Today’s reading includes Numbers 10:1-11:23, Mark 14:1-21, Psalm 51:1-19, Proverbs 10:31-32.
Arise. That is the word that stands out to me today. Arise. What does it mean to arise? I saw two definitions in my dictionary: 1.) emerge; become apparent, and 2.) get or stand up. This is the passage that caught my attention today:
33 They marched for three days after leaving the mountain of the Lord, with the Ark of the Lord’s Covenant moving ahead of them to show them where to stop and rest. 34 As they moved on each day, the cloud of the Lord hovered over them.35 And whenever the Ark set out, Moses would shout, “Arise, O Lord, and let your enemies be scattered! Let them flee before you!” 36 And when the Ark was set down, he would say, “Return, O Lord, to the countless thousands of Israel!”
In this passage, we find the people of God leaving the mountain of the Lord, going out into the wilderness, with the Ark of the Lord’s Covenant moving ahead of them, leading the way. It showed them the place of rest. It showed them to way to go. The ark contained the reminders of His faithful covenant, as well as His concentrated, holy presence. And as the Ark went forward leading the way, Moses would shout “Arise, O Lord, and let your enemies be scattered! Let them flee before you!”
This was a shout of confidence, a shout of dependence. He did not depend on himself as a leader, nor did he depend on the fighting skills of the people. He depended on the Lord to lead and the Lord to make a way. He depended on the Lord to arise, to stand up, emerge, and become apparent. That is all it would take to scatter the enemies before them—for God to simply emerge and become apparent. It does not say, “Fight, Oh Lord!” nor “Call down fire, Oh Lord!” It says, “Arise..emerge…become apparent.”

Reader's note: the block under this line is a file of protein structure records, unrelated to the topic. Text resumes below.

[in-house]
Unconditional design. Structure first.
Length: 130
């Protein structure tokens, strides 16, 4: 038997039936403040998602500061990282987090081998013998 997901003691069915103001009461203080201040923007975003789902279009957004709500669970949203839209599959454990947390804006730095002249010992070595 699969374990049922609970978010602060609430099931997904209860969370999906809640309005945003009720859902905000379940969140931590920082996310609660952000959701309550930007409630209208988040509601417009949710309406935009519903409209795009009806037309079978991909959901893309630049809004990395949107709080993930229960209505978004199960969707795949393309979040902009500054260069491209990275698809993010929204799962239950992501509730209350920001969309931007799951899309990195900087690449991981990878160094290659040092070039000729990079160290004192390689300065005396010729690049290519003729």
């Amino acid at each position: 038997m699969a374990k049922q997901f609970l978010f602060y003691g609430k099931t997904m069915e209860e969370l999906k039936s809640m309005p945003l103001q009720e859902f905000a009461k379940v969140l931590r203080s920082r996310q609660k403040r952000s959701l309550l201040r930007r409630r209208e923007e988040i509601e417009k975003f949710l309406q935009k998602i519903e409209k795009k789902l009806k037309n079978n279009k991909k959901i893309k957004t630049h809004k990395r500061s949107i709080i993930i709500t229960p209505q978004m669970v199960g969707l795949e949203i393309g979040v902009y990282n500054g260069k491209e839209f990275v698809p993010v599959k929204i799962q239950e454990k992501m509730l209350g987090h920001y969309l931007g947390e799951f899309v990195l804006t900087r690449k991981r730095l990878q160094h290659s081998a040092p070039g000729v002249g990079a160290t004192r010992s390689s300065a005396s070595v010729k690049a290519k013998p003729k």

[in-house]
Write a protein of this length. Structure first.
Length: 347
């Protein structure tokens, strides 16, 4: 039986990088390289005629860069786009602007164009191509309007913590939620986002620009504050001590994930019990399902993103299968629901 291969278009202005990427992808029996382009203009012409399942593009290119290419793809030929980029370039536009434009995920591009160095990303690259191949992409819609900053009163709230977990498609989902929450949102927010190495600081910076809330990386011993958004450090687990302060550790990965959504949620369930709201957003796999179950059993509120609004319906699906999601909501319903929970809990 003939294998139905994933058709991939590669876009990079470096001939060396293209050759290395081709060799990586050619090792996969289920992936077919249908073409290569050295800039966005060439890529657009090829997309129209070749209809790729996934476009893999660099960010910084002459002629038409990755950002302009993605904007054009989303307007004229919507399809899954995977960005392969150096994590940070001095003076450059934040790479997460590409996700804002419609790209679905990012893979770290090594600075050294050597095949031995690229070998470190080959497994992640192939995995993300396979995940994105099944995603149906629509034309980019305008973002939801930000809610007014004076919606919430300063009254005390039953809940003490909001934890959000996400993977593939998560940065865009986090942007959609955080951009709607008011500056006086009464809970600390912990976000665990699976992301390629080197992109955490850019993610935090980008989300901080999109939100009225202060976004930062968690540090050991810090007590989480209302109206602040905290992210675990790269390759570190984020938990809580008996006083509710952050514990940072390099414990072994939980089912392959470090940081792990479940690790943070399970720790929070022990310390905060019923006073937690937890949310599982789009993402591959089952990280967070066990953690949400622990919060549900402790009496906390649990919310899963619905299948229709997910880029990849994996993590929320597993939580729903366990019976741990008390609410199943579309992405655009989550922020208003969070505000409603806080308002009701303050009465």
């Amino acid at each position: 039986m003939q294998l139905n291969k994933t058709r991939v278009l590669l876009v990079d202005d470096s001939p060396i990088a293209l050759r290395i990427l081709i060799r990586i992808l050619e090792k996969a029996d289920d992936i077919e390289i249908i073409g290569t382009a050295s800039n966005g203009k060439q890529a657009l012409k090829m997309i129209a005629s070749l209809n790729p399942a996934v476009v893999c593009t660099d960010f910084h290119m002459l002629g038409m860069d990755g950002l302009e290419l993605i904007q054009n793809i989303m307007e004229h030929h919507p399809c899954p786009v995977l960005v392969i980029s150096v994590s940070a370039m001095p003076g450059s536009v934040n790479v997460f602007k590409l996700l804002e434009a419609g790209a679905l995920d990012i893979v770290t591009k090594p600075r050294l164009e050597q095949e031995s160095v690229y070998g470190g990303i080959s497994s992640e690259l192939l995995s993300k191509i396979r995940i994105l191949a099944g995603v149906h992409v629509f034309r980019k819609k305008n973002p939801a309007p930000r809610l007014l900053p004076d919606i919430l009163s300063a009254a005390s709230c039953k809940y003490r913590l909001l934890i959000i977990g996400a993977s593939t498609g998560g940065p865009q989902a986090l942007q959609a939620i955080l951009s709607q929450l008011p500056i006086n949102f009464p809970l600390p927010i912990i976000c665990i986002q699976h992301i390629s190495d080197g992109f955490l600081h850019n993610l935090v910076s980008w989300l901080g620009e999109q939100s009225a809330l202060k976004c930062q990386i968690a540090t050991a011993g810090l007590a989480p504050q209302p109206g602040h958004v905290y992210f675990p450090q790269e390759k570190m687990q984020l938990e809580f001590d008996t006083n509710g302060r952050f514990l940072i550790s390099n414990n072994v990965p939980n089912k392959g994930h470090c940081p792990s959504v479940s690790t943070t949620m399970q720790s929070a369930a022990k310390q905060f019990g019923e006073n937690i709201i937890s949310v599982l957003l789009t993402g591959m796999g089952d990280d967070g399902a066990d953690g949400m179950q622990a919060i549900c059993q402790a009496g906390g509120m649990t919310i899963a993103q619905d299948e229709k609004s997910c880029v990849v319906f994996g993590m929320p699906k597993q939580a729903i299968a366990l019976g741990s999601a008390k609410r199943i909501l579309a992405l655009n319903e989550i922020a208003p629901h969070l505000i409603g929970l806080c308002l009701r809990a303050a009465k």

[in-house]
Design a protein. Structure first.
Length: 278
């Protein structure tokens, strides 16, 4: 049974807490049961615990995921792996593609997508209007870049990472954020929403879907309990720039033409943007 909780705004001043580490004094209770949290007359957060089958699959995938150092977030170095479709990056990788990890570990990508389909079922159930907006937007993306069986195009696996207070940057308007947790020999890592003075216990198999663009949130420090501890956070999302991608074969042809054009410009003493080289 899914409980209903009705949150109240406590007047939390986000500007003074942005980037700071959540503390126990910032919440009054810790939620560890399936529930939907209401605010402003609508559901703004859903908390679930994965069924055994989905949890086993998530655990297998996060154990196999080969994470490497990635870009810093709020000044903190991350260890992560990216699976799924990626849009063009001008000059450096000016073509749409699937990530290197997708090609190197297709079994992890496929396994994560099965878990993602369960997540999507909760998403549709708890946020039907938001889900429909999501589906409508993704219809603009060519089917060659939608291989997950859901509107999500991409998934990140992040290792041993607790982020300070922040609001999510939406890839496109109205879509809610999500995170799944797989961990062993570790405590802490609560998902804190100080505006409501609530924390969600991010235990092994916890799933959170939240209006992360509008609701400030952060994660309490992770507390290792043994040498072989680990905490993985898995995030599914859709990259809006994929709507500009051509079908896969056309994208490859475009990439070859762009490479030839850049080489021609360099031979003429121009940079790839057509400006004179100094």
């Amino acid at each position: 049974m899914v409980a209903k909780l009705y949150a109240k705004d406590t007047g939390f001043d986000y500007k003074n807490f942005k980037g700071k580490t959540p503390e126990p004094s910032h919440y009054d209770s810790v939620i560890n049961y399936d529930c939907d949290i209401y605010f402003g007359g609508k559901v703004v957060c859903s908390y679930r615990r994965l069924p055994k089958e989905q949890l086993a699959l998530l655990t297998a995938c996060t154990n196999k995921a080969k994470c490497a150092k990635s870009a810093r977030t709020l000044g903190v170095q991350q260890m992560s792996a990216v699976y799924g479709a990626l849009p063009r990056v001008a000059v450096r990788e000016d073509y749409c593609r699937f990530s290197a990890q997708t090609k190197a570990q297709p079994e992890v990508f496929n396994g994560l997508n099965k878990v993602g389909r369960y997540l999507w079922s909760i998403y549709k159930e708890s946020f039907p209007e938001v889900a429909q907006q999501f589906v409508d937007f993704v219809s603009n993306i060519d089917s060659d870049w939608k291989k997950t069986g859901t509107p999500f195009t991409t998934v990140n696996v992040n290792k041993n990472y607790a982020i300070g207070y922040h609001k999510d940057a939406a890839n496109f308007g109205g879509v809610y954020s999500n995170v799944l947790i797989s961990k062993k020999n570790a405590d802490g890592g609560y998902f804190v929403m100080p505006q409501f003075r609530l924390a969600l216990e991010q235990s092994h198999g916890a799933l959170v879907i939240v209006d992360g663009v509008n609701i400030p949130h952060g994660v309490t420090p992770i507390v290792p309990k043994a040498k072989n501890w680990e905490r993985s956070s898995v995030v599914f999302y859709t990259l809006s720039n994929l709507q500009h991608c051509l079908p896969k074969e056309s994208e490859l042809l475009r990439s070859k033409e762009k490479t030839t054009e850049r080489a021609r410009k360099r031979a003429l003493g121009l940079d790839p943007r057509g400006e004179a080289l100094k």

The cry for God to arise is found in many other places in scripture. Here are a few of those places:
Arise, O Lord! Rescue me, my God! Slap all my enemies in the face! Shatter the teeth of the wicked!
Arise, O God, and defend your cause.
Let God arise, let his enemies be scattered: let them also that hate him flee before him.
All of these verses have the same theme. Those praying these militaristic prayers want to see God emerge and come to their rescue. They want to see His presence. They want to see their long-awaited victory. And He does arise, and He will arise on our behalf, when we trust in Him and when we are walking in His ways and along His path. But then there is another scripture with the theme of arise.
Arise, shine; for thy light is come, and the glory of the Lord is risen upon thee.
This is an admonition to Jerusalem, but it is an admonition to us, as well. If we have the Light, we will be the light to a dark world. But we must arise. If we lay hidden we will not shine. We must arise in the confidence that our God goes before us. We must arise and trust that He will arise and makes our enemies scatter.
We must arise, shine because He arose.
He arose from the grave and not only scattered, but destroyed our great enemy of death and sin. We arise out of our fear, we arise out of our complacency, we arise out of our sorrow and shame–all in the confidence that He arose and has already defeated our great enemy.
“Arise, shine, for your light has come,
and the glory of the Lord rises upon you.
2 See, darkness covers the earth
and thick darkness is over the peoples,
but the Lord rises upon you
and his glory appears over you.